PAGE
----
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Rabies Day: Association Urges State Govt. To Deploy Veterinarians To LGAs

The Nigeria Veterinary Medical Association, NVMA, Oyo State chapter has appealed to the state government to employ and deploy more veterinary doctors to Local Government Area.

The Chairman of the Oyo State chapter of the association, Dr Dayo Adejuyigbe,
made the appeal in an interview with the News Agency of Nigeria ,NAN, on Thursday in Ibadan as the world mark the annual Sept. 28 Rabies Day.

Rabies is a rare but very serious infection of the brain and nerves, usually caught from the bite or scratch of an infected animal, most often a dog.

The theme for 2017 World Rabies Day is “Rabies: Zero 30”.

The day is the first and only global day of action and awareness for rabies prevention as declared by World Health Organisation.

Adejuyigbe, who said only 16 veterinary doctors rendered services to the 33 local government areas of Oyo State, stressed that the number was highly inadequate.

He added that each of the 33 local governments needed at least two veterinary doctors, noting, however, that local councils were not empowered by law to employ staff above grade level 06 in the state.

He attributed the rising cases of rabies and other animal diseases in the state, especially in rural areas, to the lack of attention to vaccination exercises, stressing that there should be yearly inoculation of animals.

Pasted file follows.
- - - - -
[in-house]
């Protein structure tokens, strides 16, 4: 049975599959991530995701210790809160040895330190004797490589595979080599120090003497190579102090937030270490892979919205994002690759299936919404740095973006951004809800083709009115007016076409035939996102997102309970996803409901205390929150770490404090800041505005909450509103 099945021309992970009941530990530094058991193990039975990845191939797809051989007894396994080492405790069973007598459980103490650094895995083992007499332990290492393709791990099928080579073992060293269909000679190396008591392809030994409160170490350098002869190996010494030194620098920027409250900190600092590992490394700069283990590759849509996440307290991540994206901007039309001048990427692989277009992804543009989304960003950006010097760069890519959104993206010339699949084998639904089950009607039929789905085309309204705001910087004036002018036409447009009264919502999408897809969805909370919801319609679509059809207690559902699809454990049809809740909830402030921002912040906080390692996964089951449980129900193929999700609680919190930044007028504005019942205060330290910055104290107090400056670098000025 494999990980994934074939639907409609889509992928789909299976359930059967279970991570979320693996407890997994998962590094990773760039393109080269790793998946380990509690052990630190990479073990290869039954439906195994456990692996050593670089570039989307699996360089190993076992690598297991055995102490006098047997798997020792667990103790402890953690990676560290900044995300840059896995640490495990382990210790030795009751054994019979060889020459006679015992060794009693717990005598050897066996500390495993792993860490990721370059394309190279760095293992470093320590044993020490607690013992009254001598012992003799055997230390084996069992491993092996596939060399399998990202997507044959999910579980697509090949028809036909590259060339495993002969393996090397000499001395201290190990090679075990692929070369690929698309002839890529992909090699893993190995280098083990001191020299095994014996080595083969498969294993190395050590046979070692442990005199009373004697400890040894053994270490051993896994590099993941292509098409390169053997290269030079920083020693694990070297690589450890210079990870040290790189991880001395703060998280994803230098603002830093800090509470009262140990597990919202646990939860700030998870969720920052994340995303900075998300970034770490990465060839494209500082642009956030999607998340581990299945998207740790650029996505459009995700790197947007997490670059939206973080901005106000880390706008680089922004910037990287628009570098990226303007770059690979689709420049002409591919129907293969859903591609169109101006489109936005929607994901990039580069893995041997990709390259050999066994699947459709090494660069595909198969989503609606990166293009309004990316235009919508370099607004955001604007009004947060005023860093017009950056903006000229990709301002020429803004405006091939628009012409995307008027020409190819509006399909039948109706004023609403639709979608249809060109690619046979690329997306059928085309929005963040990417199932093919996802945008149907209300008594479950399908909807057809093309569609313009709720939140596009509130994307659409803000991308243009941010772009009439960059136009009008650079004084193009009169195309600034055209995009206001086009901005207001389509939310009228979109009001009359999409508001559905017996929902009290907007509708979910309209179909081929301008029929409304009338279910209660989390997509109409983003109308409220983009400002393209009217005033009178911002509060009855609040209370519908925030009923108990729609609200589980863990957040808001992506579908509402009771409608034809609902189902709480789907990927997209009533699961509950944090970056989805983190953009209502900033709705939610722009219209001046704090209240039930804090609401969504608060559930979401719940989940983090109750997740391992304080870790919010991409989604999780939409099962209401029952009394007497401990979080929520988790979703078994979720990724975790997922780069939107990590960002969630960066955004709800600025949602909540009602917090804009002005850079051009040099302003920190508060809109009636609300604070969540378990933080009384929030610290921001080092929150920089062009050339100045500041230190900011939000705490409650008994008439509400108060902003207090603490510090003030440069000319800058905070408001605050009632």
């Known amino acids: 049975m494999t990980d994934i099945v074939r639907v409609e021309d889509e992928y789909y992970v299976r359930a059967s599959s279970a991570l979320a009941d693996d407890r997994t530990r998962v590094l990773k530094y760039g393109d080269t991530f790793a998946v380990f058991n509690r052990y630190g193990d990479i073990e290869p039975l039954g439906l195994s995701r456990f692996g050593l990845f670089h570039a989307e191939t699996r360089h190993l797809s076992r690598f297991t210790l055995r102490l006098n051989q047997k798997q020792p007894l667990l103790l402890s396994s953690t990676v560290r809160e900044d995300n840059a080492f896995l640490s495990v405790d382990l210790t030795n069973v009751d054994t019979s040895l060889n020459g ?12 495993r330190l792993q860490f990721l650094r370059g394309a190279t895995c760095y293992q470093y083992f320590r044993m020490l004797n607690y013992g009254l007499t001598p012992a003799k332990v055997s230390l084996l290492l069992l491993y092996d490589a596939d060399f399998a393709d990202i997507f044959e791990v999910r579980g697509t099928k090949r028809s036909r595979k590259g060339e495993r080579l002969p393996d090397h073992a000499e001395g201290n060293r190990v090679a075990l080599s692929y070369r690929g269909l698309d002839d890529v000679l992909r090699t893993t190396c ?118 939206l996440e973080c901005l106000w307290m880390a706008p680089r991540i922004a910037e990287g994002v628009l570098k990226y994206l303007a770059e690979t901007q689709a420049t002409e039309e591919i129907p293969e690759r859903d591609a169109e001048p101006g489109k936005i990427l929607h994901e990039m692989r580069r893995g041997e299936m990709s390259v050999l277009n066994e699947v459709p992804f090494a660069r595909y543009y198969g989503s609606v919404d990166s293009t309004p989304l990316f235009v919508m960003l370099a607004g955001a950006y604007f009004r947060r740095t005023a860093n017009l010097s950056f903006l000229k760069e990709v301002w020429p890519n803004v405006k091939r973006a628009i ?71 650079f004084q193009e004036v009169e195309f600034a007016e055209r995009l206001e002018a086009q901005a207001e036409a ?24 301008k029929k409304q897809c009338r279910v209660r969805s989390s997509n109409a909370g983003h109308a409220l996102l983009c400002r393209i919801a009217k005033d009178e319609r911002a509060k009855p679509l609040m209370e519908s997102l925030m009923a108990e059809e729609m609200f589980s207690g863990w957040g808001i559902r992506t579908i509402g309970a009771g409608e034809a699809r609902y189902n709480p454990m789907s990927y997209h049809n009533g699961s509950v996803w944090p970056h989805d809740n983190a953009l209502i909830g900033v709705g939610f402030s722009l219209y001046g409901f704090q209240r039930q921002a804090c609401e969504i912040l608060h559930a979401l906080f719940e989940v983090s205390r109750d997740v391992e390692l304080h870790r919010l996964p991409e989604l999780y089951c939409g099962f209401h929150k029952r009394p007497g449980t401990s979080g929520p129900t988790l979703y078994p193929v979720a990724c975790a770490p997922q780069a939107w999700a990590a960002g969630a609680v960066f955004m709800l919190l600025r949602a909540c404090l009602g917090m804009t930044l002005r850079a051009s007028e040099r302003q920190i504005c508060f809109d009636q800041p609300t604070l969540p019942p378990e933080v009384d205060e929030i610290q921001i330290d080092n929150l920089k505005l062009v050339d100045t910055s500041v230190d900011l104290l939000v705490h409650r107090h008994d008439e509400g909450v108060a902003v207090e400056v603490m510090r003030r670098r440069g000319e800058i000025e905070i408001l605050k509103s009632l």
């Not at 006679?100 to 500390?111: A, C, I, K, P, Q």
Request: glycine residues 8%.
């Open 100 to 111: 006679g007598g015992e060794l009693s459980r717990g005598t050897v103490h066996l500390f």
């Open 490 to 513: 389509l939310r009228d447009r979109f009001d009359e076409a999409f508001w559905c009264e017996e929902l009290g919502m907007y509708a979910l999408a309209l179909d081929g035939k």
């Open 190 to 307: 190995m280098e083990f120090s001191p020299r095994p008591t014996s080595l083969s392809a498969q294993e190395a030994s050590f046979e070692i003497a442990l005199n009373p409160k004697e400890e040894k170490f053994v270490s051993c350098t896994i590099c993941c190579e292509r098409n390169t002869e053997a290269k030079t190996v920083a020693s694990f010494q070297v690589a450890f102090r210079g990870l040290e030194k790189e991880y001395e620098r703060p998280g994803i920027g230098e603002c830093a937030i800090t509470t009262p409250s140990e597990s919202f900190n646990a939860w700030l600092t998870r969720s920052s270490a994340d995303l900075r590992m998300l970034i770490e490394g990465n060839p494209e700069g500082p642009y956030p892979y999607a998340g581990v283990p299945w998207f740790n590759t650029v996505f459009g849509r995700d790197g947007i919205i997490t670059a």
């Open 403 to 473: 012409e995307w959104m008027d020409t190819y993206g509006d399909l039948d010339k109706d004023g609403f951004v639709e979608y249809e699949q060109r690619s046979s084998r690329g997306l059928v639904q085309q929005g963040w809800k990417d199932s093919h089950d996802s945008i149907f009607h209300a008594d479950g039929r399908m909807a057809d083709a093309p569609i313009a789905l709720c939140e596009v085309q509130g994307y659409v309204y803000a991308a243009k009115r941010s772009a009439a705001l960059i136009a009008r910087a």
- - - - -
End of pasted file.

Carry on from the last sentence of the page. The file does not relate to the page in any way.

He said “I want to call on government to pay attention to animals’ vaccination to check diseases.

“Vaccine for rabies and other animal diseases are, however, very expensive. No hospital can afford to purchase and give the vaccines.

“The procurement of such vaccines is the sole responsibility of Federal Government, through recognised designated agencies.

“We want to note with high concern, the rising cases of animal diseases, especially in rural areas because of the absence of yearly vaccination of animals.”

In his contributions, Dr Usman Shittu, another veterinary doctor, told NAN that rabies was a life-threatening condition that caused thousands of deaths worldwide every year.

Shittu said although wild and domesticated animals could spread the virus, dogs were the commonest source of rabies because many people used them as pets and for security purposes.

According to him, rabies is caused by virus that attacks the central nervous system and can be transmitted to humans via bites and scratches from infected animals.

He added that “the period between the bite and the onset of symptoms is called incubation period, which usually takes four to 12 weeks to develop, though the period vary.

“The initial onset of rabies begins with flu-like symptoms, including fever, muscle weakness, tingling and burning at the site of the bite.

“As the virus continues to attack the central nervous system, there are two different types of the disease that can develop.

“The first is the “Furious Rabies” where infected people will be hyperactive and may display erratic behaviours.

“Other symptoms include insomnia, anxiety, confusion, agitation, hallucinations, excess salivation, problems swallowing and fear of water.

“The second type is the `paralytic rabies’. This form of rabies takes longer to set in, but the effects are just as severe as infected people slowly become paralysed and eventually slip into coma and die.

“According to World Health Organisation, 30 per cent of rabies cases are paralytic.” (NAN)

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